The effects of breathing meditation relate to attention. Breathing meditation is linked to changes in the way information is processed. Buddhist monks who practiced breathing meditation were able to process a greater amount of information than monks who practiced compassion meditation.

3. Body Scan Meditation

A body scan is as simple as it sounds. Attention is brought to each part of the body. Participants can choose to start from the top of the head or the bottom of the feet. It can be helpful to imagine a warmth or a color spreading from one body part to the next as each part begins to relax.

When body scan and breathing are combined, there are many benefits. Interoceptive sensitivity is the mind’s ability to focus on bodily cues. It is strengthened by body scanning. Body scanning also helps with attention and focus.[14]

4. Observing Thoughts Meditation

In observing thoughts meditation, the focus is on the thoughts. This is an opportunity to practice non-judgmental observation. It is also a practice of non-attachment.


Within the study, participants practiced structured observation of thoughts. First, they brought their attention to their thoughts and labeled them within several categories: past, present, future, self, or others. Then, they practiced observing their thoughts without an emotional reaction.[15]

The benefits of this practice were robust. First, participants showed great improvement in the ability to observe their thoughts without judgment. Second, the practice greatly reduced rumination. As a result, participants had fewer emotional reactions to their thoughts and developed greater self-awareness around their thinking patterns.

In summary, there are many different ways to practice mindfulness meditation. The choice may be determined by the benefits each practice offers. For example, body scanning can increase bodily awareness. Thought-observation can increase self-awareness and decrease rumination. Regardless, every practice may increase positivity, energy, and focus.[16]

Considerations Before You Begin Practicing Mindfulness

Mindfulness is still a relatively new concept in clinical research. Critics worry that its benefits have been overstated. There is also concern that the Western world has changed it into something most Buddhists would not recognize.[17]

Mindfulness is a state of mind that builds self-awareness. As a result, it may force individuals to face difficult emotions, memories, and thoughts. In a study of long-term, intense mindfulness practices, 60% of participants reported at least one negative outcome. Some cases are related to depression, anxiety, and psychosis.[18]

There is no one-size-fits-all approach to mental wellness. Mindfulness offering promising results but there are also risks involved. Working with a therapist may be a great way to start a mindfulness practice while monitoring for risk.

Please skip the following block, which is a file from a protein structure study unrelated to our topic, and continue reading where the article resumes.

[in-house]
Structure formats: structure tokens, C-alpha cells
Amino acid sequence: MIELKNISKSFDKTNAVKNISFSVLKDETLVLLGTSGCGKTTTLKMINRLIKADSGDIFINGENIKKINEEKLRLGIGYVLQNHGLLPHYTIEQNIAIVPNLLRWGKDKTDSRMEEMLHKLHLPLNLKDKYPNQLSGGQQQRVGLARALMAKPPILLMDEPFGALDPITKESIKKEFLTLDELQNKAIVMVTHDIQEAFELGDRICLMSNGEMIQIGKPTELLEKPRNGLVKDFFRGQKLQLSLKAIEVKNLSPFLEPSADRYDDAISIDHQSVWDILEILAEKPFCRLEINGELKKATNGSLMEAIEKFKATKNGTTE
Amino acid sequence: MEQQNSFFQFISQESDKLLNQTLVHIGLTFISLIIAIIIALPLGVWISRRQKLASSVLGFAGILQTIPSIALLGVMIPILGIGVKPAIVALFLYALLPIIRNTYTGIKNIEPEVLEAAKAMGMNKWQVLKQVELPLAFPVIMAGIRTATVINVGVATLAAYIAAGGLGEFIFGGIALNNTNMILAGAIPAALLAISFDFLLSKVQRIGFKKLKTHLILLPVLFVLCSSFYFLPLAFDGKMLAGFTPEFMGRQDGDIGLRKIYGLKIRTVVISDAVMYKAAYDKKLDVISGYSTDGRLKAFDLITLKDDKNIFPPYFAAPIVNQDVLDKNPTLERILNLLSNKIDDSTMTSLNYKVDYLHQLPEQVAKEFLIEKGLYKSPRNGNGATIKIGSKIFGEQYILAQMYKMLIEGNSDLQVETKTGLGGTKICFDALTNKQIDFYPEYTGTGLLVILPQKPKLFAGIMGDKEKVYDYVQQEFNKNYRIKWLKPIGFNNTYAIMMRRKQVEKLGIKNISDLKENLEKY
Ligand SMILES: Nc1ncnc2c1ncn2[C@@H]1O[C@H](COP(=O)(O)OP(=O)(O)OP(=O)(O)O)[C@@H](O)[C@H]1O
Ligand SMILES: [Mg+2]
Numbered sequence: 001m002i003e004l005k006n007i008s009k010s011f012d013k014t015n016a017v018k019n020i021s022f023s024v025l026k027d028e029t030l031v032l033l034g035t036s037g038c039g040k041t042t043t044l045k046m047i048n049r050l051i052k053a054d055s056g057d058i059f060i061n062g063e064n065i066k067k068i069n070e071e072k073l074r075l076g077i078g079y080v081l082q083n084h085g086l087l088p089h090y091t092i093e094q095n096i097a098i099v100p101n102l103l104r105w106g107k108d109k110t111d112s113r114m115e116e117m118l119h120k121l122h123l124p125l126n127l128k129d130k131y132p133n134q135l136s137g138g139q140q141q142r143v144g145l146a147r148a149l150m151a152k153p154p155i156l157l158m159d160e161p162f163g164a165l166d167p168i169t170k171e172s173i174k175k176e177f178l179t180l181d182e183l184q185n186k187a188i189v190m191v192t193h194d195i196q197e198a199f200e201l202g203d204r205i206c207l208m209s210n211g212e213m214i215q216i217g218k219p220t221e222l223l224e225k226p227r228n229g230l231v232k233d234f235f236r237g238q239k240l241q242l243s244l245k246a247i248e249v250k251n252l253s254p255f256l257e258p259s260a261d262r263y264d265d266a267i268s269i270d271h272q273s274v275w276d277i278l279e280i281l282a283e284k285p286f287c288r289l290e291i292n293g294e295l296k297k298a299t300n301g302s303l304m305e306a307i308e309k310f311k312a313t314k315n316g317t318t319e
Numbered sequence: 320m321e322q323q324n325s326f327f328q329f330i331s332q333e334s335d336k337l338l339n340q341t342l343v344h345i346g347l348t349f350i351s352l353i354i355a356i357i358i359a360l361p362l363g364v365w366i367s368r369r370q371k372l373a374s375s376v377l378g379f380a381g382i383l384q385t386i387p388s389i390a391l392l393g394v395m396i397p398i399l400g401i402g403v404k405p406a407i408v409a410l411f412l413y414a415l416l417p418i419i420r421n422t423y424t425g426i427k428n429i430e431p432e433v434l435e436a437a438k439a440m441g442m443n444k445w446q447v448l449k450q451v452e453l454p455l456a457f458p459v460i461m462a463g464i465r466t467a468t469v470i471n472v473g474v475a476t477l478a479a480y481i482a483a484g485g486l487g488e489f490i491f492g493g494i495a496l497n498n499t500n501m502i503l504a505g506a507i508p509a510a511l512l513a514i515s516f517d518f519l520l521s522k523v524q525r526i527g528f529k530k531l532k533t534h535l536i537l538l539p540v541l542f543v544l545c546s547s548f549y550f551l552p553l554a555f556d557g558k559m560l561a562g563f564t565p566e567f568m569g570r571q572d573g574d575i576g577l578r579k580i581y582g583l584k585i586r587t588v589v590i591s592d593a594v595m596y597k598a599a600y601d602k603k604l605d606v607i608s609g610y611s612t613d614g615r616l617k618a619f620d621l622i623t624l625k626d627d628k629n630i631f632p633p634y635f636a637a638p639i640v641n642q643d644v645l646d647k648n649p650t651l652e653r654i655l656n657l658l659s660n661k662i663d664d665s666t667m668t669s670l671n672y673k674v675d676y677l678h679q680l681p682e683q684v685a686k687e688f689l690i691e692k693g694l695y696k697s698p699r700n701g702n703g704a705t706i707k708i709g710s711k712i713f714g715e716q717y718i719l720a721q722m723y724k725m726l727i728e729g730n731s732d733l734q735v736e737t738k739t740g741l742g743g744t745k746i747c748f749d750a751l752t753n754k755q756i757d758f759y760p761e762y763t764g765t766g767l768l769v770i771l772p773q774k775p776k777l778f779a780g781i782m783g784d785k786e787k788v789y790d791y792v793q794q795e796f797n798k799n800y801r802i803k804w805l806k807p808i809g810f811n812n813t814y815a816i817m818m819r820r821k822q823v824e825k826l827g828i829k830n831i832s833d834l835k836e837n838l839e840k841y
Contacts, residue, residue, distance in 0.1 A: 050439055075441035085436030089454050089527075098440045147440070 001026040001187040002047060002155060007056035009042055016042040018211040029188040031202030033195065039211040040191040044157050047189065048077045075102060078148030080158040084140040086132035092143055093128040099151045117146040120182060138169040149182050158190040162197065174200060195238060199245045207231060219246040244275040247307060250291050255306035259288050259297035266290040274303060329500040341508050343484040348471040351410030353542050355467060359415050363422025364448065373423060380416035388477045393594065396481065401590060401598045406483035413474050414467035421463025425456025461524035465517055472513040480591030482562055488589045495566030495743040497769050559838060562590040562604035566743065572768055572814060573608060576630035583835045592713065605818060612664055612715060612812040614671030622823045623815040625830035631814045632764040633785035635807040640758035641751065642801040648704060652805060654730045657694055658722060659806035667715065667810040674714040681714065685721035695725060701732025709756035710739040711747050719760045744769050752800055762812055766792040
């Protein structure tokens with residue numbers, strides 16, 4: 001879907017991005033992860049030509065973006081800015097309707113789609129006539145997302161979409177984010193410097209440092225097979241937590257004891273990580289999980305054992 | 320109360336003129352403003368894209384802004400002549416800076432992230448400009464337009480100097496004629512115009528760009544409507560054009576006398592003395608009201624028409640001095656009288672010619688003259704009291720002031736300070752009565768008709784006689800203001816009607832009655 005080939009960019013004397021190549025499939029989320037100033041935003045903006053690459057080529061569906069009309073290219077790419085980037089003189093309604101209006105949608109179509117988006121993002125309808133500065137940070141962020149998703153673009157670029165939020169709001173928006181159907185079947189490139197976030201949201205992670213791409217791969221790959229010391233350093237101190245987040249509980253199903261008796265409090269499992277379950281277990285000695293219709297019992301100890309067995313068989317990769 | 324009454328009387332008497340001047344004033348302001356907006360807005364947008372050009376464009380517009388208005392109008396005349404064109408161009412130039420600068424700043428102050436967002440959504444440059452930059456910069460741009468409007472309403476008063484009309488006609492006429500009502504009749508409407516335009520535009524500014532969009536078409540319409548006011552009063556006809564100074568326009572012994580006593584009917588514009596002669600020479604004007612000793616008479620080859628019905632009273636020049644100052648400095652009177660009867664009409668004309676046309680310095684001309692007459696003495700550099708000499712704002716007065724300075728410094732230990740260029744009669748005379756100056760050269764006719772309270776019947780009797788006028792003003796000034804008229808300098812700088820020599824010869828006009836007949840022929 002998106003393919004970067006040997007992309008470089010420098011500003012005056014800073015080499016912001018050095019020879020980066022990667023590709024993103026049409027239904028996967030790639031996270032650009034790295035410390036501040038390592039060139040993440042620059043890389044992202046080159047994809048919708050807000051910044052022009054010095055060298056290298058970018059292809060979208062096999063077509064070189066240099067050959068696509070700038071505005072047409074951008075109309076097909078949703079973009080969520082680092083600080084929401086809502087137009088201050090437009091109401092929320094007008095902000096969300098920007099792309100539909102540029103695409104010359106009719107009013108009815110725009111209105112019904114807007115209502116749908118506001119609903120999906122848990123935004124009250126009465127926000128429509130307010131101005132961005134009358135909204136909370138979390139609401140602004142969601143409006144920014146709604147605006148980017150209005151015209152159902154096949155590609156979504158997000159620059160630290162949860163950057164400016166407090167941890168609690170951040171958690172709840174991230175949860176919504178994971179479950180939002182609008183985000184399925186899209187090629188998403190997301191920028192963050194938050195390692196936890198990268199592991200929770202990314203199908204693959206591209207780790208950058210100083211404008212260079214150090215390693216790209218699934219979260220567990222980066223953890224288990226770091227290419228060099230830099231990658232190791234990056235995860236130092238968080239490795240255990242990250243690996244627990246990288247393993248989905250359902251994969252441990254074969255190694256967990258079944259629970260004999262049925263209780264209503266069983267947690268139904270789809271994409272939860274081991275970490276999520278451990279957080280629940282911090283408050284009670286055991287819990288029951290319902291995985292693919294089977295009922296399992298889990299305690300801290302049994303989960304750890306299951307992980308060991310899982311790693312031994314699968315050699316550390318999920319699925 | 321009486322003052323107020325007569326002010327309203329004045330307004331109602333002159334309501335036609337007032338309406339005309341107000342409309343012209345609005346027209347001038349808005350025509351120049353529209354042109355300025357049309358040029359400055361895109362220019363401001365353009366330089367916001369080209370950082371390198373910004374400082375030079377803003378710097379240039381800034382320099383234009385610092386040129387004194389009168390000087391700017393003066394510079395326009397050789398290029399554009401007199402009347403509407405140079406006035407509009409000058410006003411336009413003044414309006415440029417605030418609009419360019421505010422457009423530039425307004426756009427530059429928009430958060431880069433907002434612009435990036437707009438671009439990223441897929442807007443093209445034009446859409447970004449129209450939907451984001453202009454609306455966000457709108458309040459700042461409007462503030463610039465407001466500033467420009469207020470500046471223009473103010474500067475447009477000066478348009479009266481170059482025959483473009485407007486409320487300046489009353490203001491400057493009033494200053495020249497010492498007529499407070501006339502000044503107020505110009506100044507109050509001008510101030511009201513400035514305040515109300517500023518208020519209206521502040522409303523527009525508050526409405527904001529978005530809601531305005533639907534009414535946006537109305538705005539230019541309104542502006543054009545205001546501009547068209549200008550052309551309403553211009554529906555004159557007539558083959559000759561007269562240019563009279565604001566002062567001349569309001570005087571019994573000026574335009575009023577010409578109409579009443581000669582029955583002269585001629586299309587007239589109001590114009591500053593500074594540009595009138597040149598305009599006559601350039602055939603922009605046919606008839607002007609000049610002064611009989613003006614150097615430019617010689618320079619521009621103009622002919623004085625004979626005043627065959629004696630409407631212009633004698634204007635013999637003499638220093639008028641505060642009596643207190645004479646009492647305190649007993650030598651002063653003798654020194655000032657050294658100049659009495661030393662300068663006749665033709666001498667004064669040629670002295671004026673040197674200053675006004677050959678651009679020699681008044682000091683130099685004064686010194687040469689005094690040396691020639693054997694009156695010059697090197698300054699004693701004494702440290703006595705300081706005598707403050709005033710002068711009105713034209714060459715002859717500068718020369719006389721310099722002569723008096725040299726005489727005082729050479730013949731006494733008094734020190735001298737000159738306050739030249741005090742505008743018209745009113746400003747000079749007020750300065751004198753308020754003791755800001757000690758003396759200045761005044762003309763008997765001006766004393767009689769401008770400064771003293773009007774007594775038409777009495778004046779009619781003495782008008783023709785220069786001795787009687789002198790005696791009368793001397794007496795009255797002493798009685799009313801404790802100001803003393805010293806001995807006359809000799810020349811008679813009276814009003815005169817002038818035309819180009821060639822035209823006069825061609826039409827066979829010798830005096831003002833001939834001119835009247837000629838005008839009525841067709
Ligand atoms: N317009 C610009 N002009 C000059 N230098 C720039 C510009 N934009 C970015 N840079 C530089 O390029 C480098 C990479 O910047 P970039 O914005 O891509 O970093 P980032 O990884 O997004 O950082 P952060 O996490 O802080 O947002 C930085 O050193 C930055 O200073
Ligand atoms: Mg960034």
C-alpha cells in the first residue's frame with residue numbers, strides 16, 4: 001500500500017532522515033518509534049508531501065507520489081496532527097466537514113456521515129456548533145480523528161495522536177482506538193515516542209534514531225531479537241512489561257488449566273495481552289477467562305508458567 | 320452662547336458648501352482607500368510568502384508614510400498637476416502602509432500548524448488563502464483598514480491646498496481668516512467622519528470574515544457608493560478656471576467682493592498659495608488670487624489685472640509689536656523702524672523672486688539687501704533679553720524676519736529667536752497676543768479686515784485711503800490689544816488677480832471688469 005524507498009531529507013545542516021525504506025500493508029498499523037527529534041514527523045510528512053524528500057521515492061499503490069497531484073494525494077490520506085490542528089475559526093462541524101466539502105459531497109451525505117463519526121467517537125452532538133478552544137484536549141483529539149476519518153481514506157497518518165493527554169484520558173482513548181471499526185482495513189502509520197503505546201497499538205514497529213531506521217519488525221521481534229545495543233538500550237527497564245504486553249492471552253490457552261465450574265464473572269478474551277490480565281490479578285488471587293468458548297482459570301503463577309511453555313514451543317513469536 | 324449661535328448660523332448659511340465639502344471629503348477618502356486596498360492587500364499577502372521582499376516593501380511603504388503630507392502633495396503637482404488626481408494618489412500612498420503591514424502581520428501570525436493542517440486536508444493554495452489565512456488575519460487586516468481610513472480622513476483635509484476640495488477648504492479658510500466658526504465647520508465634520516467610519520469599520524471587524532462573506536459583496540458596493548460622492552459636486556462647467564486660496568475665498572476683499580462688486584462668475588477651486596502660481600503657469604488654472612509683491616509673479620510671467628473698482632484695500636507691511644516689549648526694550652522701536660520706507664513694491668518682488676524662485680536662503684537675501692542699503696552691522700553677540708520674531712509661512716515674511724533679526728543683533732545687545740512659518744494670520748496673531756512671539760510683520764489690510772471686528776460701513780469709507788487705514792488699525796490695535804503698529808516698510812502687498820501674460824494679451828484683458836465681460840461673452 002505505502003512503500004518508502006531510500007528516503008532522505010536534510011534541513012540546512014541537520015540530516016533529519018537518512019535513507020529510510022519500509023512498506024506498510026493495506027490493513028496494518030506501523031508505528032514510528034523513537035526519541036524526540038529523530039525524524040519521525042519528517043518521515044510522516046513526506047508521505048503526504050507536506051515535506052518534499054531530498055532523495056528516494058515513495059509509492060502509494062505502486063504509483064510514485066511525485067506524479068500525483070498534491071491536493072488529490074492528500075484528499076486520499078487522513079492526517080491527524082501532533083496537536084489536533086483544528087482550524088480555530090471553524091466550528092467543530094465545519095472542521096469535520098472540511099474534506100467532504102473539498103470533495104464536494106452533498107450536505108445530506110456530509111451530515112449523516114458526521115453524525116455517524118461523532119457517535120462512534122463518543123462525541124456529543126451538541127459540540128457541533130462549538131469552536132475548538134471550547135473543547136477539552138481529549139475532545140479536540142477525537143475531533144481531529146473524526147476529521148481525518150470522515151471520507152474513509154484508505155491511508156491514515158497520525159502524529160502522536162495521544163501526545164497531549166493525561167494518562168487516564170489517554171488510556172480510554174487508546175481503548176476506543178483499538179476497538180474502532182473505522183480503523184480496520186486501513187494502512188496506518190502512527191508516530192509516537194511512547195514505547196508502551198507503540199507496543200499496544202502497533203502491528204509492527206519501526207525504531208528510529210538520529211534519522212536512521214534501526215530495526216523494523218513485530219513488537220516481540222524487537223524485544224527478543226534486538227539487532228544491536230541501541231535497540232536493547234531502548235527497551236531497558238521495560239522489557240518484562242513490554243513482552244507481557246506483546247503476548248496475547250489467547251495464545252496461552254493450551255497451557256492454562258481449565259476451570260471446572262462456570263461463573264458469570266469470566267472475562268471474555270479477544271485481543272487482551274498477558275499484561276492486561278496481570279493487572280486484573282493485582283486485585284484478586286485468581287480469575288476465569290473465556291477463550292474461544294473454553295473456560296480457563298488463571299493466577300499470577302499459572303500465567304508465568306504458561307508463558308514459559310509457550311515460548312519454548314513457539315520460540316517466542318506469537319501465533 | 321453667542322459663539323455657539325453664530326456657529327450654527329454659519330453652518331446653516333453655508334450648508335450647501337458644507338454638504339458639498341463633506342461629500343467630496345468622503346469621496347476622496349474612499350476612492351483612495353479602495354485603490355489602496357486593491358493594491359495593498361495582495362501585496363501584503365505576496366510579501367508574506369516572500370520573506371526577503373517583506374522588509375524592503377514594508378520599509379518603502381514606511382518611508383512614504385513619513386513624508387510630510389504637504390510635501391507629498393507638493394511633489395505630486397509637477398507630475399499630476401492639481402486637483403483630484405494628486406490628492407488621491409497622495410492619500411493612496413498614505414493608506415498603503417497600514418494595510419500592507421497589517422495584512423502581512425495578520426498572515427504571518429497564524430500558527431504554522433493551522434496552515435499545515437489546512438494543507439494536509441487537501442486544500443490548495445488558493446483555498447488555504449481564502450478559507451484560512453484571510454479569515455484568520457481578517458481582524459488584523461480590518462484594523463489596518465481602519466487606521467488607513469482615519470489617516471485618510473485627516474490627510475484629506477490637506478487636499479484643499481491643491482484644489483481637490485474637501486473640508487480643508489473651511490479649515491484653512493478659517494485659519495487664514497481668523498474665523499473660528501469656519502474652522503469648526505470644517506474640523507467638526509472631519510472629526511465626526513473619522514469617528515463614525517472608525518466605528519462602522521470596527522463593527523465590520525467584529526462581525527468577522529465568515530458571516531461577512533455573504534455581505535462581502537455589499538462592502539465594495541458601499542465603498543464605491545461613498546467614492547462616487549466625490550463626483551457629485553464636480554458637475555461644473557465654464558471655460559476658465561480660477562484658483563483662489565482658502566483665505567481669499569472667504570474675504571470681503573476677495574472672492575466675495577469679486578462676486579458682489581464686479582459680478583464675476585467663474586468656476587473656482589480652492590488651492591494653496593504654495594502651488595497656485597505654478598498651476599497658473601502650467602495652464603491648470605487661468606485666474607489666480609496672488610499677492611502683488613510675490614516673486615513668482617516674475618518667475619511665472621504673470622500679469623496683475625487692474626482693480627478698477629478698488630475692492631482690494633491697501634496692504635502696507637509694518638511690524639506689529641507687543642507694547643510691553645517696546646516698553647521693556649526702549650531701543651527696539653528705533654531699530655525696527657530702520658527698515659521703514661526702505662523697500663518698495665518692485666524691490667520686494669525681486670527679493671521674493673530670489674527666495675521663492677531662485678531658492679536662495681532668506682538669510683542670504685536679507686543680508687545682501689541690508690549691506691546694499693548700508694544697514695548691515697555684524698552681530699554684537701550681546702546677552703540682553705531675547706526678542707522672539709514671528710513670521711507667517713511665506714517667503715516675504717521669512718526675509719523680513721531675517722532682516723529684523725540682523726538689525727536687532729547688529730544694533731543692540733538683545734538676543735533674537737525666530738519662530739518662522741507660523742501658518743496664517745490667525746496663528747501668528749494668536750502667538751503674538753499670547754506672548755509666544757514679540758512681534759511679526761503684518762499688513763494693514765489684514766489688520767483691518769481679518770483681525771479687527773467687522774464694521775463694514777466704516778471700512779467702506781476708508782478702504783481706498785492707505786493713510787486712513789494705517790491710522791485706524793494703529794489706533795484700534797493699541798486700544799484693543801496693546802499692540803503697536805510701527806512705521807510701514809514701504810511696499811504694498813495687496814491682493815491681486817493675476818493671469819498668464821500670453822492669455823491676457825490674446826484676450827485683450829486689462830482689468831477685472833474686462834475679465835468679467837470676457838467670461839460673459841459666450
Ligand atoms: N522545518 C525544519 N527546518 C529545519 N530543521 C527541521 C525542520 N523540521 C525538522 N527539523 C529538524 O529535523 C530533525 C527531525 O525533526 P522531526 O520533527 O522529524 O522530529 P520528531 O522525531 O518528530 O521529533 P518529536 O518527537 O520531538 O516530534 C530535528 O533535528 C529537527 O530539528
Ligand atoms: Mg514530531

Final Thoughts

Mindfulness is a powerful practice that has deep roots in Buddhism. It is a practice of present-moment awareness, acceptance of the present moment, and non-judgment of thoughts, emotions, or circumstances.

It has many benefits that may increase mental wellness. However, there are also some risks to consider. Overall, you should consider your unique profile before beginning a practice or consider working with a therapist at the start.

More About Practicing Mindfulness

Featured photo credit: Simon Migaj via


[1] NCBI: A Perspective on the Similarities and Differences Between Mindfulness and Relaxation
[2] Sage Journals: Mindfulness in Cultural Context
[3] Greater Good Magazine: What is Mindfulness?
[4] Sage Journals: Mindfulness in Cultural Context
[5] Greater Good Magazine: The State of Mindfulness Science
[6] NCBI: Effects of Mindfulness on Psychological Health: A Review of Empirical Studies
[7] NCBI: Mindfulness Meditation and Psychopathology
[8] NCBI: Effects of Mindfulness on Psychological Health: A Review of Empirical Studies
[9] The Harvard Gazette: When Science Meets Mindfulness
[10] Greater Good Magazine: The State of Mindfulness Science
[11] NCBI: A Perspective on the Similarities and Differences Between Mindfulness and Relaxation
[12] ResearchGate: Phenomenological Fingerprints of Four Meditations: Differential State Changes in Affect, Mind-Wandering, Meta-Cognition, and Interoception Before and After Daily Practice Across Nine Months of Training
[13] ResearchGate: Phenomenological Fingerprints of Four Meditations: Differential State Changes in Affect, Mind-Wandering, Meta-Cognition, and Interoception Before and After Daily Practice Across Nine Months of Training
[14] ResearchGate: Phenomenological Fingerprints of Four Meditations: Differential State Changes in Affect, Mind-Wandering, Meta-Cognition, and Interoception Before and After Daily Practice Across Nine Months of Training
[15] ResearchGate: Phenomenological Fingerprints of Four Meditations: Differential State Changes in Affect, Mind-Wandering, Meta-Cognition, and Interoception Before and After Daily Practice Across Nine Months of Training
[16] Greater Good Magazine: How to Choose a Type of Mindfulness Meditation
[17] NCBI: Has the Science of Mindfulness Lost Its Mind?
[18] NCBI: Has the Science of Mindfulness Lost Its Mind?